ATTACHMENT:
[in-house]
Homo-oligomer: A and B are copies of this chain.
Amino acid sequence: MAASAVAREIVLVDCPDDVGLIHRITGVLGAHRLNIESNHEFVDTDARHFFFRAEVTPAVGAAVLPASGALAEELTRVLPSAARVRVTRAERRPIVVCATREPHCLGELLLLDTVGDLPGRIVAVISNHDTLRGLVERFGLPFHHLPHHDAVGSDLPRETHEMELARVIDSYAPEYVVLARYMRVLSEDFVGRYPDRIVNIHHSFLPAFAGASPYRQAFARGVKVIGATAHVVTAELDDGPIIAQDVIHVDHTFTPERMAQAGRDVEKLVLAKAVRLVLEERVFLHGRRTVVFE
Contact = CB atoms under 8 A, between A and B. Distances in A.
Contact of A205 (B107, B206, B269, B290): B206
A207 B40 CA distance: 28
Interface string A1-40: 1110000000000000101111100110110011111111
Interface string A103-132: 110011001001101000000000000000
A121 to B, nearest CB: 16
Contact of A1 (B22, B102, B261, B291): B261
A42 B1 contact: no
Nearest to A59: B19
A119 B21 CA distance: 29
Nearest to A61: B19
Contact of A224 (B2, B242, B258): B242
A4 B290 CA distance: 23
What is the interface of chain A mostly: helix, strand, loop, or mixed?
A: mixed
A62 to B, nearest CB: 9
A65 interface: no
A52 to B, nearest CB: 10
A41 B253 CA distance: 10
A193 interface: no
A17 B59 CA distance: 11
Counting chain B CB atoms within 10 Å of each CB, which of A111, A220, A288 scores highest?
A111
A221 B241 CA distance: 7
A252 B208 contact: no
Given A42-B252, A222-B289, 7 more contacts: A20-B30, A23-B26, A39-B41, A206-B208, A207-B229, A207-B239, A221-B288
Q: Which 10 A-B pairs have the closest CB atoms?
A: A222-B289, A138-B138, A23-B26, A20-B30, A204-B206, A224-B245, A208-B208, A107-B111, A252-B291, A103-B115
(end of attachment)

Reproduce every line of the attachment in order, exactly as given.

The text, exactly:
[in-house]
Homo-oligomer: A and B are copies of this chain.
Amino acid sequence: MAASAVAREIVLVDCPDDVGLIHRITGVLGAHRLNIESNHEFVDTDARHFFFRAEVTPAVGAAVLPASGALAEELTRVLPSAARVRVTRAERRPIVVCATREPHCLGELLLLDTVGDLPGRIVAVISNHDTLRGLVERFGLPFHHLPHHDAVGSDLPRETHEMELARVIDSYAPEYVVLARYMRVLSEDFVGRYPDRIVNIHHSFLPAFAGASPYRQAFARGVKVIGATAHVVTAELDDGPIIAQDVIHVDHTFTPERMAQAGRDVEKLVLAKAVRLVLEERVFLHGRRTVVFE
Contact = CB atoms under 8 A, between A and B. Distances in A.
Contact of A205 (B107, B206, B269, B290): B206
A207 B40 CA distance: 28
Interface string A1-40: 1110000000000000101111100110110011111111
Interface string A103-132: 110011001001101000000000000000
A121 to B, nearest CB: 16
Contact of A1 (B22, B102, B261, B291): B261
A42 B1 contact: no
Nearest to A59: B19
A119 B21 CA distance: 29
Nearest to A61: B19
Contact of A224 (B2, B242, B258): B242
A4 B290 CA distance: 23
What is the interface of chain A mostly: helix, strand, loop, or mixed?
A: mixed
A62 to B, nearest CB: 9
A65 interface: no
A52 to B, nearest CB: 10
A41 B253 CA distance: 10
A193 interface: no
A17 B59 CA distance: 11
Counting chain B CB atoms within 10 Å of each CB, which of A111, A220, A288 scores highest?
A111
A221 B241 CA distance: 7
A252 B208 contact: no
Given A42-B252, A222-B289, 7 more contacts: A20-B30, A23-B26, A39-B41, A206-B208, A207-B229, A207-B239, A221-B288
Q: Which 10 A-B pairs have the closest CB atoms?
A: A222-B289, A138-B138, A23-B26, A20-B30, A204-B206, A224-B245, A208-B208, A107-B111, A252-B291, A103-B115